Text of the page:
Arizona has another potential first baseman on the 40-man roster in Seth Beer. He was expected to be an elite hitter and quickly rise through the minors after being acquired in the blockbuster deal that sent Zack Greinke to the Astros at the ‘19 trade deadline. However, the former first-round pick out of Clemson has struggled to consistently meet expectations since joining the organization. Beer’s best season with the organization came in 2021 with the AAA Reno Aces, where he slashed .287/ .398/.511 in the hitter-friendly PCL League. Beer had his first big-league opportunity last season, although much didn’t come of it. In 38 games with the D-backs, the lefty struggled mightily versus big-league pitching, batting to a bleak .521 OPS.
Beer’s struggles along with Christian Walker’s bounceback ‘22 season probably reassures the organization that Walker is the right man for the job. Regular opportunities for Beer at the big-league level seem unlikely at this point. Scouts for long have had concerns about Beer’s defensive calling, as his subpar mobility and lagging speed make it difficult to play him anywhere on the field besides first base. Beer could conceivably DH for the team, but the additions of Gurriel and Lewis make that unlikely, as they’ll both likely share DH duties. At 26 years old, Beer’s chance of living up to the hype continues to shrink, and it might be a matter of time till he finds himself in another uniform.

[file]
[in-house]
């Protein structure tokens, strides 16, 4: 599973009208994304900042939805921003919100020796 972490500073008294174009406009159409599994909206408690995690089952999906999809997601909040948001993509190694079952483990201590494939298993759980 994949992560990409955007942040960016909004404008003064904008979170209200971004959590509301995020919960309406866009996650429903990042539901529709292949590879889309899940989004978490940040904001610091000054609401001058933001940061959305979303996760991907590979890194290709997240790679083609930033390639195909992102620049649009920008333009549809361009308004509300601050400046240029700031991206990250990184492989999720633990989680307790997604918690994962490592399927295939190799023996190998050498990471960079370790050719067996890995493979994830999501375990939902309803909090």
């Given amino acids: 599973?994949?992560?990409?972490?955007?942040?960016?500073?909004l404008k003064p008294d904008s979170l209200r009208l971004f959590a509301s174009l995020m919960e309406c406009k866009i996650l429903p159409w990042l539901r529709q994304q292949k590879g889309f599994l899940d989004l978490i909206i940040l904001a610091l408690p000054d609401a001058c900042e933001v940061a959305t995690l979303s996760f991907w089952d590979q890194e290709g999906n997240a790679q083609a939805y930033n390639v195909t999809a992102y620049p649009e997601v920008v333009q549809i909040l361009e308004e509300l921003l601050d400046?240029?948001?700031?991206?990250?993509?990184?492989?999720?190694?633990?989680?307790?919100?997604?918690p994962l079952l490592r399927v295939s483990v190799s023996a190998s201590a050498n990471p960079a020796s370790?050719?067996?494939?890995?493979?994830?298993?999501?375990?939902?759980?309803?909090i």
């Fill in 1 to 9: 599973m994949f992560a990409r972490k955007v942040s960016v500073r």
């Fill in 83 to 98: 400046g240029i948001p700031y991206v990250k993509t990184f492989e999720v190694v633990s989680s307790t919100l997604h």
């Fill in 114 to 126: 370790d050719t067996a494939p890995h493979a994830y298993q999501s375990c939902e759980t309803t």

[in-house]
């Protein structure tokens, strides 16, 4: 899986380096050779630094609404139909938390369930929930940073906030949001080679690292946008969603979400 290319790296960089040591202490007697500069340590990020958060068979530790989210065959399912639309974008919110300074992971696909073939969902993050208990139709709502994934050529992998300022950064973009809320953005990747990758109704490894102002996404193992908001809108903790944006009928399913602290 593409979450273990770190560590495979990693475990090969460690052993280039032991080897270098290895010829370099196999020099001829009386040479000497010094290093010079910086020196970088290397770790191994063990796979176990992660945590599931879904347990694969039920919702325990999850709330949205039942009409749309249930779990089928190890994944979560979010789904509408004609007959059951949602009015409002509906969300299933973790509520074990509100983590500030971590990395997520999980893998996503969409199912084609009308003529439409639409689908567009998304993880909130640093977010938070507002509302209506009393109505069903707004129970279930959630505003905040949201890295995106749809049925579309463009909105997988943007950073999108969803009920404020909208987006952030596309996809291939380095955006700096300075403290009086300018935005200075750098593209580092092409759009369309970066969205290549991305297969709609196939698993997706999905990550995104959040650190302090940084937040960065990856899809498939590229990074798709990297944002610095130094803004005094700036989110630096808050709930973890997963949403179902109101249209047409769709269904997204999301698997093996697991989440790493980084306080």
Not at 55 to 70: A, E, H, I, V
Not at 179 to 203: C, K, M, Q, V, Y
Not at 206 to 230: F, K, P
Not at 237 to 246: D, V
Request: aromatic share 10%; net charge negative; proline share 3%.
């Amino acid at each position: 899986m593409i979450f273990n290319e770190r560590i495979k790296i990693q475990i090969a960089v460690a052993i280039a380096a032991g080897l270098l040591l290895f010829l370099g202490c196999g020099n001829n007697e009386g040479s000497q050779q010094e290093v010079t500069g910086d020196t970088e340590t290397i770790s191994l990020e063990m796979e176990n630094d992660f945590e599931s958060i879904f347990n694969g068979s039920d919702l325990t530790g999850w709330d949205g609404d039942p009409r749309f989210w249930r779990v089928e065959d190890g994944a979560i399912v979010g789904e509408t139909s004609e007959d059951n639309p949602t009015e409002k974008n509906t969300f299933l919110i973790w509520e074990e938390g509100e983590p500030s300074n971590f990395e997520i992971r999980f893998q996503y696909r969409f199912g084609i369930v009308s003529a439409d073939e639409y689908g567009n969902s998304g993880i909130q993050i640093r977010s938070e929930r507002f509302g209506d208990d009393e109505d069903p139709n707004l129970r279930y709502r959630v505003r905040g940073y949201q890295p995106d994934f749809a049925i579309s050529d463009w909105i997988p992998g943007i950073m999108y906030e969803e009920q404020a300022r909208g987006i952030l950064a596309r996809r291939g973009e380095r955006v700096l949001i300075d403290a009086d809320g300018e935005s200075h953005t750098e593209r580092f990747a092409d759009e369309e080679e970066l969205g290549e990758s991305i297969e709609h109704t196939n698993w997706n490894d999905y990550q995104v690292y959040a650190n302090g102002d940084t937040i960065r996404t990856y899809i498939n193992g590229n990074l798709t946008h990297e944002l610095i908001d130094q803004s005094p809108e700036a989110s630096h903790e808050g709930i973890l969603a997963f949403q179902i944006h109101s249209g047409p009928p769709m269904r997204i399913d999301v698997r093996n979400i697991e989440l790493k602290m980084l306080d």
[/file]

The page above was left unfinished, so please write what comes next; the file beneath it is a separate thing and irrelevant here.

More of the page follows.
Next to Christian Walker in the infield next season will be Ketel Marte, whose ‘22 campaign was not nearly as successful as Walker’s. Last season was a tale of two stories for the switch-hitter. After a slow to the season in which he batted to a dreadful .467 OPS in April, Marte got hot and batted to a stellar .396 wOBA from May through July. However, Marte’s nagging hamstring that sidelined him for half of the 2021 season persisted into last season as well towards the second half. After the ‘22 all-star break, Marte batted to a dreadful .602 OPS in 222 plate appearances while spending nearly a month on the injured list.
Marte has struggled to regain his form for a full season since a fourth-place finish for the 2019 NL MVP. Manager Torey Lovullo stated at the Winter Meetings that the organization expects Marte to turn it around, per MLB Network Radio. Marte’s contract extension has yet to work out for the Diamondbacks, but he still has another five seasons to prove himself. If Marte can stay healthy, his unique combination of making contact and hitting the ball hard makes him a valuable piece to the lineup.